A brief summary and my thoughts on the final release of the communique from the conclusion of the Third Plenum Meetings held in China.

Chinese leaders concluded their four-day Plenum Session Meetings late on November 12, 2013, and the final communique released by the official Xinhua News Agency was touted by many of China observers as ‘mild’, with no policy reforms being discussed on the issue of the country’s one-child policy, local government borrowing, and interest-rate liberalisation. The major highlights of the final communique included two statements that stood out, namely, “Markets such play a decisive role in allocating resources, and “The State shall play a dominant role in the economy”. Based on the initial understanding on the policy outcomes drawn from these two statements, it is believed that going forward, at least for the next decade or so, policy implementations shall revolve along the lines of non-interventionist roles played by the Chinese government, and market-oriented policies shall form the core basis of overall economic reforms. The Chinese government will facilitate the implementation of the economic reforms, but will step in if things go awry. Other than that, the markets shall play a bigger role in setting the course of direction of the economy.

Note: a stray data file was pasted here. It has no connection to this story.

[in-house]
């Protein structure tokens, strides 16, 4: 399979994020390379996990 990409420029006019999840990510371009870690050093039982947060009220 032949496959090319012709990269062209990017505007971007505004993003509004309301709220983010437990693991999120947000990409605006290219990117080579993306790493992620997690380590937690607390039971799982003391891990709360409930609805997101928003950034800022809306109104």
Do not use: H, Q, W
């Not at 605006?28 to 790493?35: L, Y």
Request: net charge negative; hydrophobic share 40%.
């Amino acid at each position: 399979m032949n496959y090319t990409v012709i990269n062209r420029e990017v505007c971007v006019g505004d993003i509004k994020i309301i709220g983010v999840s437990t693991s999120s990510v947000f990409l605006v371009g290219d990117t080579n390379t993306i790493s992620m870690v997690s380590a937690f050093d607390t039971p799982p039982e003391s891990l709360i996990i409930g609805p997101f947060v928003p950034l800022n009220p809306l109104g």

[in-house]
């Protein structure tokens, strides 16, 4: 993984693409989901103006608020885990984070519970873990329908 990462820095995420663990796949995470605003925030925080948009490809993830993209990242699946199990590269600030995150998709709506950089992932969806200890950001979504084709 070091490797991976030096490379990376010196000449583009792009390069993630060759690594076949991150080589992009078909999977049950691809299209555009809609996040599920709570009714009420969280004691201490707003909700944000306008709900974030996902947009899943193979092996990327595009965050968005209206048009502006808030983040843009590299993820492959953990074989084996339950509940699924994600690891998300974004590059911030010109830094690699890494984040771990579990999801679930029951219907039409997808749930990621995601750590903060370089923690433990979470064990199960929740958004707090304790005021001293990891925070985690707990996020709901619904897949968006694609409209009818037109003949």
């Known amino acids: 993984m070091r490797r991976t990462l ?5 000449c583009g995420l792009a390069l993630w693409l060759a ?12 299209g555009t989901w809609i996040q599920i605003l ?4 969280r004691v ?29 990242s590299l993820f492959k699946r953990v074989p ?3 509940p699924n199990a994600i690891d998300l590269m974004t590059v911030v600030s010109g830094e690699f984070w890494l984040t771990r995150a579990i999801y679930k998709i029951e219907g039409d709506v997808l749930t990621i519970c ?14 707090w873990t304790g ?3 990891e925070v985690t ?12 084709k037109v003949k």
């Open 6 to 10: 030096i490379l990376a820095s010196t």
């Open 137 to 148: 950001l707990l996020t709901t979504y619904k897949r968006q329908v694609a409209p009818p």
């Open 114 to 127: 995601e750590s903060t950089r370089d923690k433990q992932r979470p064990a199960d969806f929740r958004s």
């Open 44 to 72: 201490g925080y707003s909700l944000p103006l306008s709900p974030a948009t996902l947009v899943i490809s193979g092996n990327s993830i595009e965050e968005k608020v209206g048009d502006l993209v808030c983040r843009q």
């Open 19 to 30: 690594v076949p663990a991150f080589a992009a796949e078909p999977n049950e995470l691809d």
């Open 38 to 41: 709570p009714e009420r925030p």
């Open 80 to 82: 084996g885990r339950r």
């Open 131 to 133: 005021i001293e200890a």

For the past four days, there has been much hype that led to build-up of the latest round of the Third Plenum Meetings, or the 18th Central Committee. The Chinese government has tried to use this round of meetings as a platform for outlining the various goals, and objectives for reforms going forward for the next decade. Bloomberg News Online reported on November 13, 2013 that the final communique contains 5,000 characters which referred “reform” 59 times, “development” 37 times, and “socialism” 28 times. However, it used the word “finance” just once. Judging by this level of details in providing media coverage on this single event, one cannot possibly imagine that many media outlets, including Bloomberg News are all scrutinising for any details of reform, and rhetoric that stands out. It also goes to show the amount of intensity that is built around the meeting which is undoubtedly no less than just a non-event, ordinary type of gathering, or weekend retreat by the Chinese leaders.

According to Bloomberg News Online, several economists being interviewed have expressed their cautious optimism that the latest round of policy statements shall translate into concrete reforms being implemented in China. These are some of the few quotes drawn by Bloomberg News including one that has a headline, “Curb Your Enthusiasm” from Bank of America Corp.’s Hong Kong-based economist Lu Ting, who said that investors may be disappointed by omissions from the communique and the stance on SOEs. Other economists like Stephen Green, Head of Research for Greater China region representing Standard Chartered Plc in Hong Kong, who said that the reference to a “decisive” market role “may sound small, but it should provide critical air-cover to detailed reforms which supports the market.” Such views being expressed by many economists, whom Bloomberg News has interviewed, have generally narrowed down to a single sentence, “Lots of rhetoric, but lack of implementation details.”